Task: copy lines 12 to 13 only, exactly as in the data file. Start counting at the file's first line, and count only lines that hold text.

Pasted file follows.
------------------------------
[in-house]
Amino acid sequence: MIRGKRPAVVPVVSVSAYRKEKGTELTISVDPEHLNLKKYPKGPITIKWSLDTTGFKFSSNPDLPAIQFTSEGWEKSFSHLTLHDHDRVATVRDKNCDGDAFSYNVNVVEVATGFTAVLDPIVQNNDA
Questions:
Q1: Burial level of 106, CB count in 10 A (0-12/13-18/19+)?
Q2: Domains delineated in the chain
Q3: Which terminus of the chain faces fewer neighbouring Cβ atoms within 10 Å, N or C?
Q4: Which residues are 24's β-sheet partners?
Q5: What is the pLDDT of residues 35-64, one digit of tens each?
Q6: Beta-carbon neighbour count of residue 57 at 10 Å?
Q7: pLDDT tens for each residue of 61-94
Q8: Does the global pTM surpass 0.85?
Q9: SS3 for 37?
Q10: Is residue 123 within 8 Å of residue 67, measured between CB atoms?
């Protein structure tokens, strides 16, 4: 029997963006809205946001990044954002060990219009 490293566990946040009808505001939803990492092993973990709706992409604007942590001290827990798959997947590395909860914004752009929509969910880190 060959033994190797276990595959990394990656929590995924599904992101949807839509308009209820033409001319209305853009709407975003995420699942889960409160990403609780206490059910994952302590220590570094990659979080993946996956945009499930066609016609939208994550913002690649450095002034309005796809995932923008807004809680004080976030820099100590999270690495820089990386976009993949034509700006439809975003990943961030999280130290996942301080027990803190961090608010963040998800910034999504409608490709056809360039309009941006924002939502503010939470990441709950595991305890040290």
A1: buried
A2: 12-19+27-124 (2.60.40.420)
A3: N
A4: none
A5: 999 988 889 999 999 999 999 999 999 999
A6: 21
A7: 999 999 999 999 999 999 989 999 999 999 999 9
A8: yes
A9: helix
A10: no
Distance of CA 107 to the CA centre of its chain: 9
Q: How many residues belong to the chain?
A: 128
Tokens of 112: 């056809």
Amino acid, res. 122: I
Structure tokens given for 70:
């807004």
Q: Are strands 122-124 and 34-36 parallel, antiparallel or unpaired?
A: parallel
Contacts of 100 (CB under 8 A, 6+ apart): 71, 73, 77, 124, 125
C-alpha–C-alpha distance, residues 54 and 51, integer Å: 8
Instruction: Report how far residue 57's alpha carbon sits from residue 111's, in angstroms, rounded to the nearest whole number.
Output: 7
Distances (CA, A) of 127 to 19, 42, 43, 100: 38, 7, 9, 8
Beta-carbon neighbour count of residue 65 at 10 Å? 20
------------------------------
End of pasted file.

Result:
Q9: SS3 for 37?
Q10: Is residue 123 within 8 Å of residue 67, measured between CB atoms?